Defunct British PC maker Evesham Technology went bust owing creditors nearly £7m, the firm's administrators have revealed.
However, unsecured creditors can forget any chance of a payout because there are no "surplus funds" available.
In a creditors report covering Evesham Technology, Evesham Technology Holdings and Mertec Evesham Technology, dated 27 September 2007, administrators DTE Leonard Curtis said there was no money in the pot for unsecured creditors.
Evesham notched up a massive outstanding creditors' debt of close to £6.8m, according to DTE. This followed the collapse of the computer maker, which fell into administration in August with the majority of the firm's staff being laid-off without notice.
DTE said it has so far received claims from creditors in excess of £3.6m.
Creditors had been given a deadline of noon today to file their claims to the administrators. DTE said an initial creditors meeting will take place if at least 10 per cent of creditors required it.
The firm still owes money to a long list of vendors and disties that include the likes of Microsoft, AMD, Avnet, Ingram Micro, Western Digital, and Computer 2000 (C2000).
Unsurprisingly, many Evesham channel partners were unwilling to comment on their financial relationship with the defunct firm.
But huge figures remain outstanding to some big hitters including more than £800,000 owed to Microsoft Licensing and about £340,000 due to AMD.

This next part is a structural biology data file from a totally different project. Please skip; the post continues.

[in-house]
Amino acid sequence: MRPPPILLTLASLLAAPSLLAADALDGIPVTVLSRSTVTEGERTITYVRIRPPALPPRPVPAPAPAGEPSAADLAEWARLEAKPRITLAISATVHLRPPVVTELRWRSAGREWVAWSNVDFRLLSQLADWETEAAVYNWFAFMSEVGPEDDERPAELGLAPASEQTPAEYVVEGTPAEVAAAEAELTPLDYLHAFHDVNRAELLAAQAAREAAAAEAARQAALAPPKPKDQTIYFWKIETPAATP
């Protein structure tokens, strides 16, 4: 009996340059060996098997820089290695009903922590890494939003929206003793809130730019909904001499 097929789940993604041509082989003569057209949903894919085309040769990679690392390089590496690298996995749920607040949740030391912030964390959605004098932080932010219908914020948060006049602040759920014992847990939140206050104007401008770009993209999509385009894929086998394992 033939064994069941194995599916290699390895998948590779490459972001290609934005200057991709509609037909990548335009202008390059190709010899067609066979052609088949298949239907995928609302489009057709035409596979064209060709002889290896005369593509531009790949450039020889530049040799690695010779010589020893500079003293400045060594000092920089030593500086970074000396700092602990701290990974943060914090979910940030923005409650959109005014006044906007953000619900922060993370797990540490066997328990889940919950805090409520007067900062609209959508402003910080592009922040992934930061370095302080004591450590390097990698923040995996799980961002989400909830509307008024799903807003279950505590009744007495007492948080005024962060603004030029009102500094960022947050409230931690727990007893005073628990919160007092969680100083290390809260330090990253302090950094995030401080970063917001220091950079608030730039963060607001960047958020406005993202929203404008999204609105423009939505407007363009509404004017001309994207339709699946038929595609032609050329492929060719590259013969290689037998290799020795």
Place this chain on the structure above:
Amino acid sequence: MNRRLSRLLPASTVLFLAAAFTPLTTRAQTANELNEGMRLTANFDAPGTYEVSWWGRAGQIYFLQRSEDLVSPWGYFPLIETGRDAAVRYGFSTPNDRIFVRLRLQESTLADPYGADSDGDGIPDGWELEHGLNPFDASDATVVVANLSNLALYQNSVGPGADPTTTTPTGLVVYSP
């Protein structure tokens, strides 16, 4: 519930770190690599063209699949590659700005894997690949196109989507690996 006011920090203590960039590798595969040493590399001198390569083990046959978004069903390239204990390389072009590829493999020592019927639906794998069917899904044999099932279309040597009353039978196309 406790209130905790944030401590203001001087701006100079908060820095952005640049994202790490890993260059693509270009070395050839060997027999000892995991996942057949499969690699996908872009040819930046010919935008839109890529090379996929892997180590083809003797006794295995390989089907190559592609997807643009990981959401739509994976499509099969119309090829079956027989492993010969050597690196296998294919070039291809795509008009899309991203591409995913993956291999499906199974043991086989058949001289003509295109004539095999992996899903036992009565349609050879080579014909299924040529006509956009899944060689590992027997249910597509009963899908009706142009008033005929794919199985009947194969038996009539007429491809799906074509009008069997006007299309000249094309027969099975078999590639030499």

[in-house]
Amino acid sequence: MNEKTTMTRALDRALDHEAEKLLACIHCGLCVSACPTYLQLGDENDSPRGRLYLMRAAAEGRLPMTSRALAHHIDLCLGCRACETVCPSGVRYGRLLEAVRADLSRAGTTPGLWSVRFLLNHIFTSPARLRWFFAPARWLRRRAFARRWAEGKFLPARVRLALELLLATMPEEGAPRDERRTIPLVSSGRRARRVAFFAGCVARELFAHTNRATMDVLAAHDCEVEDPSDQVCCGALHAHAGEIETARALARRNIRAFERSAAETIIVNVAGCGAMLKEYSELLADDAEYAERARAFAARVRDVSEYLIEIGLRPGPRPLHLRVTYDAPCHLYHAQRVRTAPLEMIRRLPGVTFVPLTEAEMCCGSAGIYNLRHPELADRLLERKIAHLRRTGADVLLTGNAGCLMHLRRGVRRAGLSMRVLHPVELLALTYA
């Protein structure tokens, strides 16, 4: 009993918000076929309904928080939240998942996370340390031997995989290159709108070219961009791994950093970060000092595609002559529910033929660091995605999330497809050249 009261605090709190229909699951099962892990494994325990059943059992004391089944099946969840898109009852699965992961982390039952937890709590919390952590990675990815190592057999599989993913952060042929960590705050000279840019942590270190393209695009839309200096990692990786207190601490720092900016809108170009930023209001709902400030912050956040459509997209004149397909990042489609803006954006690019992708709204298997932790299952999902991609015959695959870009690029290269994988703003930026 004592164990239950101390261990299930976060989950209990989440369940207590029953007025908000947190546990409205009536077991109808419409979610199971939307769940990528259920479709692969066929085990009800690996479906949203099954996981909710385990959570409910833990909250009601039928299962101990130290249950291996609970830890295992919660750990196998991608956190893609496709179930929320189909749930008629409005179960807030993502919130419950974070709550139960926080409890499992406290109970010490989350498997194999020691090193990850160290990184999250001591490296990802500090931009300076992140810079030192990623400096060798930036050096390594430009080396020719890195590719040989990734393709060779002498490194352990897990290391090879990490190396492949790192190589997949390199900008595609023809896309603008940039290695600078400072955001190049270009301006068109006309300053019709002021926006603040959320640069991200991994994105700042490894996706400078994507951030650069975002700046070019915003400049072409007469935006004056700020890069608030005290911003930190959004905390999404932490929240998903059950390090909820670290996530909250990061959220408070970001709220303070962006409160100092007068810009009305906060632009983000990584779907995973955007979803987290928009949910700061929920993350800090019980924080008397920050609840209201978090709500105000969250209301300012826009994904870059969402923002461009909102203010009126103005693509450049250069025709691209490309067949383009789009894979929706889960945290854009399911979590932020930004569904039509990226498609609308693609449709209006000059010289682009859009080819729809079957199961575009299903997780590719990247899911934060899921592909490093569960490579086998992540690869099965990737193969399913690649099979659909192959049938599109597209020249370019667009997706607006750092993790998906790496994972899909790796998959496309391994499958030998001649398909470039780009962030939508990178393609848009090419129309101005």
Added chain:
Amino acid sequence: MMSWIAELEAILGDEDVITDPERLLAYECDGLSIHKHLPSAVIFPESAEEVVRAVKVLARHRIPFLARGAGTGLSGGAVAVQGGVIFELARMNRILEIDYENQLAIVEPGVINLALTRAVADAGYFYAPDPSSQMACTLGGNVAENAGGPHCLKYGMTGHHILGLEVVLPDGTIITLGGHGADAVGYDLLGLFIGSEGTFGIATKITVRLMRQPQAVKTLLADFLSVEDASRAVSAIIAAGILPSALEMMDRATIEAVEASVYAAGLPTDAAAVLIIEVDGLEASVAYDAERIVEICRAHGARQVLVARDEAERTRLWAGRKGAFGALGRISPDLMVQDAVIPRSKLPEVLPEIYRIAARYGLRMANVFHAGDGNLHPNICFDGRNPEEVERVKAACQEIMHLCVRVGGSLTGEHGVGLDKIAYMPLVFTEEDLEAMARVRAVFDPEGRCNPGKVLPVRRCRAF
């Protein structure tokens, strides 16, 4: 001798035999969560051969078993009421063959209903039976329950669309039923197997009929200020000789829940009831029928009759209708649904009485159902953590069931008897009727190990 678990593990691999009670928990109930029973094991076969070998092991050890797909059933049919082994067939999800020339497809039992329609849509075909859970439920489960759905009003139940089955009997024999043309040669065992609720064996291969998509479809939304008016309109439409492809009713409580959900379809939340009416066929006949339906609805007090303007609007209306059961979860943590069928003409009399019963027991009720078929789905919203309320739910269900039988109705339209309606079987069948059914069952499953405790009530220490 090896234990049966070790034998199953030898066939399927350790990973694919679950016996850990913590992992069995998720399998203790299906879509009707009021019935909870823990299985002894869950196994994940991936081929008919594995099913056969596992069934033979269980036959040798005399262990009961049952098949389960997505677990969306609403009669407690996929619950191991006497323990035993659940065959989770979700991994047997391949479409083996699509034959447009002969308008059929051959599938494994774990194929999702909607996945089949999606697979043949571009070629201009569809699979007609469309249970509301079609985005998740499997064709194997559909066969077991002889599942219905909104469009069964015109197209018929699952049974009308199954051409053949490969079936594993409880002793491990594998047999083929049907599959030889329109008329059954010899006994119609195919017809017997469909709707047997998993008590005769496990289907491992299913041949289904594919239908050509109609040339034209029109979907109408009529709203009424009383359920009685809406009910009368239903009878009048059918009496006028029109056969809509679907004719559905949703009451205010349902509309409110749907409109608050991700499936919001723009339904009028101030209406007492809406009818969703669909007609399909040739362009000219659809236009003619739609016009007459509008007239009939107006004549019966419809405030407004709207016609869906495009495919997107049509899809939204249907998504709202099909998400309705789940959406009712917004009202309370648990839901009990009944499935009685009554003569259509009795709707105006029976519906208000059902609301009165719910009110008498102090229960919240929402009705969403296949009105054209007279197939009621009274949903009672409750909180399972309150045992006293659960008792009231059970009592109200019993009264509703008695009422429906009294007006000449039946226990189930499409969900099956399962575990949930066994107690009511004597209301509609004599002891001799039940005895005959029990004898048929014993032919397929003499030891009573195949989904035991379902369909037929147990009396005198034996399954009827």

The chip maker confirmed in August that it had backed out of its direct relationship with the indigenous British computer manufacturer following the firm's collapse.
According to the report, Ingram Micro is owed about £48,000 from Evesham, while C2000 is owed £86,000.
DTE joint administrator J M Titley said in the statement that the most likely fate of Evesham was a Creditors' Voluntary Liquidation (CVL).
The statement also bangs the same drum as ex-chairman Richard Austin, who blamed Evesham's demise on the government's sudden withdrawal of the Home Computing Initiative (HCI) scheme.
It said: "The unexpected end to the HCI scheme put tremendous pressure on [Evesham] Technology's resources and despite diversifying into new markets and establishing many new areas of business it was impossible to fill the enormous gap in turnover [£30m for 2007] left by the demise of HCI.
"Losses accrued to such an extent culminating in the withdrawal of suppliers credit insurance such that the company sought professional help from insolvency and recovery specialists."
However, as we reported previously, Austin had proclaimed in 2006 that Evesham was far too robust to be directly hit by the HCI scheme being scrapped.
The statement also noted that at the time of Evesham going bust Austin had an overdrawn directors' loan account of £650,000.
DTE said it had accepted a £150,000 settlement with the co-founder, who had been at the firm for nearly a quarter of a century, but added that if Austin "has additional assets, further recoveries can be made".
The report also showed that as of May 2007, Evesham's cash at the bank and in hand stood at £209,000, compared to £203,000 the previous year, and £2.4m in 2005.
Meanwhile, the Evesham brand, under Austin's directorship has continued to trade, propped up by TimeUK founder Tahir Mohsan's Dubai-based outfit PCC Technology. ®